When Helyn Bolanis became a Rotarian in 1995, Rotary was still pretty much a man's world. She was one of only a few women among 500 or so men in the Rotary Club of Toledo.
Today, the club, which meets for lunch every Monday at the Park Inn, has about 430 members -- it's one of the oldest and largest Rotary clubs anywhere -- but now some 20 percent are females.
Ms. Bolanis not only rose to the presidency of her club in 2008, she has just begun a one-year term as district governor for Rotary District 6600, which is home to 3,700 Rotarians in 64 clubs across northwest and north central Ohio. It's a job no woman has held in the district's nearly 100-year history.
Full disclosure here: I am a member of the Rotary Club of Toledo. Fewer than 8 percent of club members are under 40, so in a sense, I am what's wrong with Rotary. I am an aging, white-haired male, and I have a lot of company at our meetings. The average age of Toledo Rotary Club members is almost 60.
Ms. Bolanis sees that as a strength, but also a challenge. "We need to focus on generating interest in young people for the future success of Rotary," she says. "It is not optional. We either grow, or we die."
The old notion that Rotary is home to the titans of business and industry -- true for so long -- no longer is a given. Rotary is morphing into something different.
Some of the most prominent names in Toledo history were members of Toledo Rotary -- Edward Drummond Libbey, W.W. Knight, Thomas DeVilbiss, Harold Anderson, Grove Patterson, Harold Boeschenstein, and Robert and Frank Stranahan. They are gone, as are some of the companies that were the bedrock of Toledo's economy.
The theme of Ms. Bolanis' year as district governor is: "It's About Time to Share Our Story." A big part of that is getting the message out to prospective members -- preferably men and women in their 30s and 40s.
She will visit every one of her district's 64 clubs during her 12 months as their leader. The downtown Toledo club is the largest; a club in Greenwich, east of Willard, is the smallest, with just 10 members. Without aggressive recruitment of new Rotarians, she fears, the organization could begin to lose its relevance.
Rotary International has 1.2 million members in more than 200 countries and territories around the world. But the percentage of American members has been slipping. Today, 354,000 Rotarians are Americans, less than 30 percent of total membership, a reflection in part of growth overseas but also the result of slowed growth here at home.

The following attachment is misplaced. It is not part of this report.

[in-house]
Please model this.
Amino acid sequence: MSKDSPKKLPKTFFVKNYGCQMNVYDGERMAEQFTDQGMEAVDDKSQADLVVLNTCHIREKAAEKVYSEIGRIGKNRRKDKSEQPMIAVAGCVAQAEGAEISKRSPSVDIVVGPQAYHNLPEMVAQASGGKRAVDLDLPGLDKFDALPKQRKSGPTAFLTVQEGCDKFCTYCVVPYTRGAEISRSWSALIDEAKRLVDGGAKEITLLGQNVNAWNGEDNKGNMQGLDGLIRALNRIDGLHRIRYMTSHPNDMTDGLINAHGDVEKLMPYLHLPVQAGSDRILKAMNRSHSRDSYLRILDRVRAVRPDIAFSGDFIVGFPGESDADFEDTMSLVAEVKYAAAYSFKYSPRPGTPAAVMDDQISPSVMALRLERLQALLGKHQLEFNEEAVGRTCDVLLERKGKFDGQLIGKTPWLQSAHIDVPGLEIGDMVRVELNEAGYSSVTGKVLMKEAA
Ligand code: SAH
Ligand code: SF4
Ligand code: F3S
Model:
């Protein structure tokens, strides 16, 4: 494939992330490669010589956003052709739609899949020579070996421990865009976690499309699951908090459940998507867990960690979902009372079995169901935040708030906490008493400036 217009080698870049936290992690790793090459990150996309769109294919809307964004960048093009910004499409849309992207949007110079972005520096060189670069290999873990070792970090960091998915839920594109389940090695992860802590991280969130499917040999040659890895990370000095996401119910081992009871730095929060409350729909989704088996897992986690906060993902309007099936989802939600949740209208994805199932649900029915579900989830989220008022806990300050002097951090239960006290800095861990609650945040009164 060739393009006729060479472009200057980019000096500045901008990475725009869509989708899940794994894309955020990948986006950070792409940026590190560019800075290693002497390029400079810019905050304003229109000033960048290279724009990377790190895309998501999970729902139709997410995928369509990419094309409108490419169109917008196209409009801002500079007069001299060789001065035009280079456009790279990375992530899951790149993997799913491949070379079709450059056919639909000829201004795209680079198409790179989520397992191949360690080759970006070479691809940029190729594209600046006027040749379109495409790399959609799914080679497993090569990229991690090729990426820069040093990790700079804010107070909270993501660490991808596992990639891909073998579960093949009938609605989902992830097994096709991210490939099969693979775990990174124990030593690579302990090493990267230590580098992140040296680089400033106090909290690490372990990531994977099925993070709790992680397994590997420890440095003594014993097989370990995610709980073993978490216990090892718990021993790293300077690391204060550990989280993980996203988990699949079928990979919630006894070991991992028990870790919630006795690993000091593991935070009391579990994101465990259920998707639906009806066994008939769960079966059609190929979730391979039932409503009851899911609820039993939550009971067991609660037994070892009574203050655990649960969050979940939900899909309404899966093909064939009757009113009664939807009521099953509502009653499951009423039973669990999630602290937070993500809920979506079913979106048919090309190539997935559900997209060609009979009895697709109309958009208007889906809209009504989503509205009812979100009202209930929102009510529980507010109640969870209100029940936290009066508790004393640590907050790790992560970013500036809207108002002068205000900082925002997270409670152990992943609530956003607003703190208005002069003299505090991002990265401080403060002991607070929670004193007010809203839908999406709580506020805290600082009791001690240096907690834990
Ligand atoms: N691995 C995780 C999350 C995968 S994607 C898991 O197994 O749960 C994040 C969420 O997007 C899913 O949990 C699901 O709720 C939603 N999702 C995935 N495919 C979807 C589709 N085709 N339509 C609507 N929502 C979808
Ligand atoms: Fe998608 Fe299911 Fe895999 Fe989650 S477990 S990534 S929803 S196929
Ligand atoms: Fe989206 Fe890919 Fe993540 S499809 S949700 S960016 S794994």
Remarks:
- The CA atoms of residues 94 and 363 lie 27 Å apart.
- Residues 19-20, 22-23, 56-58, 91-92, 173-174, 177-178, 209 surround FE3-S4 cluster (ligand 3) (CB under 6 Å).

It's not just Rotary. Fraternal organizations and those with a military membership base, such as the American Legion and the Veterans of Foreign Wars, struggle to maintain solid numbers.
Not too long ago, women at Rotary usually were there as the wives of male members. They were referred to as Rotary-anns. As more women claim a seat at the table as full members, the term isn't heard so much anymore.
In fact, Ms. Bolanis' daughter, Nichole, is a Rotarian in Los Angeles. She came to Toledo to see her mother sworn in as district governor.
Part of Ms. Bolanis' mission is to help individual clubs overcome feelings of isolation.
She invited every club in the district to her installation. Members of 44 of them came. More than 400 Rotarians gathered at the Nairobi Pavilion of the Toledo Zoo for the June 30 event, the largest gathering ever for District 6600. She called the ceremony "My Big Fat Greek Installation," a reference to her heritage.
Rotary is changing, just as Kiwanis, the Lions Club, and other service clubs and fraternal organizations are changing. They have no choice. When business gets conducted across the table at service club luncheons these days, it is increasingly without regard to gender, and that is a good thing.
So is Toledo Rotary's campaign to recruit "40 Under 40" and get a little more youthful during the club's approaching centennial year. It was chartered in 1912.
"It's a fabulous idea, something we should have done a long time ago," says veteran Toledo Rotarian and historian Clint Mauk, who has been in Rotary for 57 years. "It's great to see."
By the time Ms. Bolanis' year as district governor is up, she'd like to see her organization invigorated with many newcomers. They don't have to be CEOs. If they're young, so much the better.
Thomas Walton is retired editor and vice president of The Blade. His column appears every other Monday.
Contact him at: firstname.lastname@example.org